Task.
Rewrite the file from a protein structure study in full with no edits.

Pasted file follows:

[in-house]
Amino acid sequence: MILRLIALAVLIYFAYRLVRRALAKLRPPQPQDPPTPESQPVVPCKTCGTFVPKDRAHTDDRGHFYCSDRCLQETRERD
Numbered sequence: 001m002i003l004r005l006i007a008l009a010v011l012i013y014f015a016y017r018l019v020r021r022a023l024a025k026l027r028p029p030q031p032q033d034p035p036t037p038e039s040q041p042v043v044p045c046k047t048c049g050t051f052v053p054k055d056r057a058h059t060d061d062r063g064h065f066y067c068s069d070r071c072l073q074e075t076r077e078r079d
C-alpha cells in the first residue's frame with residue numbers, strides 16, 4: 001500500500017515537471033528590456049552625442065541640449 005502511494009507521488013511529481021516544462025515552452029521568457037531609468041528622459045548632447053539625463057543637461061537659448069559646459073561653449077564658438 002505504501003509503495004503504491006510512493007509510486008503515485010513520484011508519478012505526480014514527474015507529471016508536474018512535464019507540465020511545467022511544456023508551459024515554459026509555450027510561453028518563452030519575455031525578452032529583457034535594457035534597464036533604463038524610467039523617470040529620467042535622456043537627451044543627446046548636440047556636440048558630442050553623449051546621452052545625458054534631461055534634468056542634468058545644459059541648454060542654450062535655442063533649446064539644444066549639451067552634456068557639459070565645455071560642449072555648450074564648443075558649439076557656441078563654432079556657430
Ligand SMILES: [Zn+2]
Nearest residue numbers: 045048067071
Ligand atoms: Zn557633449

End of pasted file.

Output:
[in-house]
Amino acid sequence: MILRLIALAVLIYFAYRLVRRALAKLRPPQPQDPPTPESQPVVPCKTCGTFVPKDRAHTDDRGHFYCSDRCLQETRERD
Numbered sequence: 001m002i003l004r005l006i007a008l009a010v011l012i013y014f015a016y017r018l019v020r021r022a023l024a025k026l027r028p029p030q031p032q033d034p035p036t037p038e039s040q041p042v043v044p045c046k047t048c049g050t051f052v053p054k055d056r057a058h059t060d061d062r063g064h065f066y067c068s069d070r071c072l073q074e075t076r077e078r079d
C-alpha cells in the first residue's frame with residue numbers, strides 16, 4: 001500500500017515537471033528590456049552625442065541640449 005502511494009507521488013511529481021516544462025515552452029521568457037531609468041528622459045548632447053539625463057543637461061537659448069559646459073561653449077564658438 002505504501003509503495004503504491006510512493007509510486008503515485010513520484011508519478012505526480014514527474015507529471016508536474018512535464019507540465020511545467022511544456023508551459024515554459026509555450027510561453028518563452030519575455031525578452032529583457034535594457035534597464036533604463038524610467039523617470040529620467042535622456043537627451044543627446046548636440047556636440048558630442050553623449051546621452052545625458054534631461055534634468056542634468058545644459059541648454060542654450062535655442063533649446064539644444066549639451067552634456068557639459070565645455071560642449072555648450074564648443075558649439076557656441078563654432079556657430
Ligand SMILES: [Zn+2]
Nearest residue numbers: 045048067071
Ligand atoms: Zn557633449